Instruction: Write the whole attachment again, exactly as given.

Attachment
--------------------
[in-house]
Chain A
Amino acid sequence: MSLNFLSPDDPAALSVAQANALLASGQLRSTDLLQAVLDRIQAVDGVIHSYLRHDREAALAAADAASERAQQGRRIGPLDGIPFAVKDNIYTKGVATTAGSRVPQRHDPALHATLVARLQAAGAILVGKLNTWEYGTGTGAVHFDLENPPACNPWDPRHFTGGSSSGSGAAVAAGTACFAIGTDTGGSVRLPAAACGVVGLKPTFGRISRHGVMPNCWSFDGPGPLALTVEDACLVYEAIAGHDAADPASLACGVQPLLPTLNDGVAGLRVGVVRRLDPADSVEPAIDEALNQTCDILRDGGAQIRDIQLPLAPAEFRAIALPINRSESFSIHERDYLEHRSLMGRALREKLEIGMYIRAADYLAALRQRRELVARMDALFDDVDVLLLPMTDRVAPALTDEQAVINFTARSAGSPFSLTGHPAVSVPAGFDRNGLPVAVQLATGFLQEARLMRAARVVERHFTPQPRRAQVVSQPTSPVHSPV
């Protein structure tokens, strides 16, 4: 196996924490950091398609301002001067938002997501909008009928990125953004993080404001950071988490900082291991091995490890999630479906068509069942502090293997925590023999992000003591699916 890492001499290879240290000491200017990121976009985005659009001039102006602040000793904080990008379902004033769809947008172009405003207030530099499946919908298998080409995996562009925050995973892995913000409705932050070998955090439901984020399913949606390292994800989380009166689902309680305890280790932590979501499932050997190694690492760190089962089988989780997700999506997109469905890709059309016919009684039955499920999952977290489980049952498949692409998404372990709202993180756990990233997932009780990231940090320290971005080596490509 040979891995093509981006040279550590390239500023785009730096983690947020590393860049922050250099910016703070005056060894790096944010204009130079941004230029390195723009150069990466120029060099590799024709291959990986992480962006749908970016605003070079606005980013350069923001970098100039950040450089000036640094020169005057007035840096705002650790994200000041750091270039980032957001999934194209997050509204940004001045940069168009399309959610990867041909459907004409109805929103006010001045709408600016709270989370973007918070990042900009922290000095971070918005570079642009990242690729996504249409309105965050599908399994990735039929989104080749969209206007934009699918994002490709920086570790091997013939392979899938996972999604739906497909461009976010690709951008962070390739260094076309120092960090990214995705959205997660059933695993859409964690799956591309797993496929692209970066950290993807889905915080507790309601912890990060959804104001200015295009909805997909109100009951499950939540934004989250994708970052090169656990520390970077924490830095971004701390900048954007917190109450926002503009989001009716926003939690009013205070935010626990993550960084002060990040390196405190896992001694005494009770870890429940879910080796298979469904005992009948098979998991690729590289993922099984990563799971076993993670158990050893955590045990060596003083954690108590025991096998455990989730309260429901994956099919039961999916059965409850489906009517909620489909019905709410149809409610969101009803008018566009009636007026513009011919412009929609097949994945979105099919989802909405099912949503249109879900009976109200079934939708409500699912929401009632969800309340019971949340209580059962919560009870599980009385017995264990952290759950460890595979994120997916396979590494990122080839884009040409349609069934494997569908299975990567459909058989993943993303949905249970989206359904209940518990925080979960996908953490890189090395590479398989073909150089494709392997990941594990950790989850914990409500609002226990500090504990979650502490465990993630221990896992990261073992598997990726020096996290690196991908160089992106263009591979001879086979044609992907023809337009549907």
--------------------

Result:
[in-house]
Chain A
Amino acid sequence: MSLNFLSPDDPAALSVAQANALLASGQLRSTDLLQAVLDRIQAVDGVIHSYLRHDREAALAAADAASERAQQGRRIGPLDGIPFAVKDNIYTKGVATTAGSRVPQRHDPALHATLVARLQAAGAILVGKLNTWEYGTGTGAVHFDLENPPACNPWDPRHFTGGSSSGSGAAVAAGTACFAIGTDTGGSVRLPAAACGVVGLKPTFGRISRHGVMPNCWSFDGPGPLALTVEDACLVYEAIAGHDAADPASLACGVQPLLPTLNDGVAGLRVGVVRRLDPADSVEPAIDEALNQTCDILRDGGAQIRDIQLPLAPAEFRAIALPINRSESFSIHERDYLEHRSLMGRALREKLEIGMYIRAADYLAALRQRRELVARMDALFDDVDVLLLPMTDRVAPALTDEQAVINFTARSAGSPFSLTGHPAVSVPAGFDRNGLPVAVQLATGFLQEARLMRAARVVERHFTPQPRRAQVVSQPTSPVHSPV
């Protein structure tokens, strides 16, 4: 196996924490950091398609301002001067938002997501909008009928990125953004993080404001950071988490900082291991091995490890999630479906068509069942502090293997925590023999992000003591699916 890492001499290879240290000491200017990121976009985005659009001039102006602040000793904080990008379902004033769809947008172009405003207030530099499946919908298998080409995996562009925050995973892995913000409705932050070998955090439901984020399913949606390292994800989380009166689902309680305890280790932590979501499932050997190694690492760190089962089988989780997700999506997109469905890709059309016919009684039955499920999952977290489980049952498949692409998404372990709202993180756990990233997932009780990231940090320290971005080596490509 040979891995093509981006040279550590390239500023785009730096983690947020590393860049922050250099910016703070005056060894790096944010204009130079941004230029390195723009150069990466120029060099590799024709291959990986992480962006749908970016605003070079606005980013350069923001970098100039950040450089000036640094020169005057007035840096705002650790994200000041750091270039980032957001999934194209997050509204940004001045940069168009399309959610990867041909459907004409109805929103006010001045709408600016709270989370973007918070990042900009922290000095971070918005570079642009990242690729996504249409309105965050599908399994990735039929989104080749969209206007934009699918994002490709920086570790091997013939392979899938996972999604739906497909461009976010690709951008962070390739260094076309120092960090990214995705959205997660059933695993859409964690799956591309797993496929692209970066950290993807889905915080507790309601912890990060959804104001200015295009909805997909109100009951499950939540934004989250994708970052090169656990520390970077924490830095971004701390900048954007917190109450926002503009989001009716926003939690009013205070935010626990993550960084002060990040390196405190896992001694005494009770870890429940879910080796298979469904005992009948098979998991690729590289993922099984990563799971076993993670158990050893955590045990060596003083954690108590025991096998455990989730309260429901994956099919039961999916059965409850489906009517909620489909019905709410149809409610969101009803008018566009009636007026513009011919412009929609097949994945979105099919989802909405099912949503249109879900009976109200079934939708409500699912929401009632969800309340019971949340209580059962919560009870599980009385017995264990952290759950460890595979994120997916396979590494990122080839884009040409349609069934494997569908299975990567459909058989993943993303949905249970989206359904209940518990925080979960996908953490890189090395590479398989073909150089494709392997990941594990950790989850914990409500609002226990500090504990979650502490465990993630221990896992990261073992598997990726020096996290690196991908160089992106263009591979001879086979044609992907023809337009549907």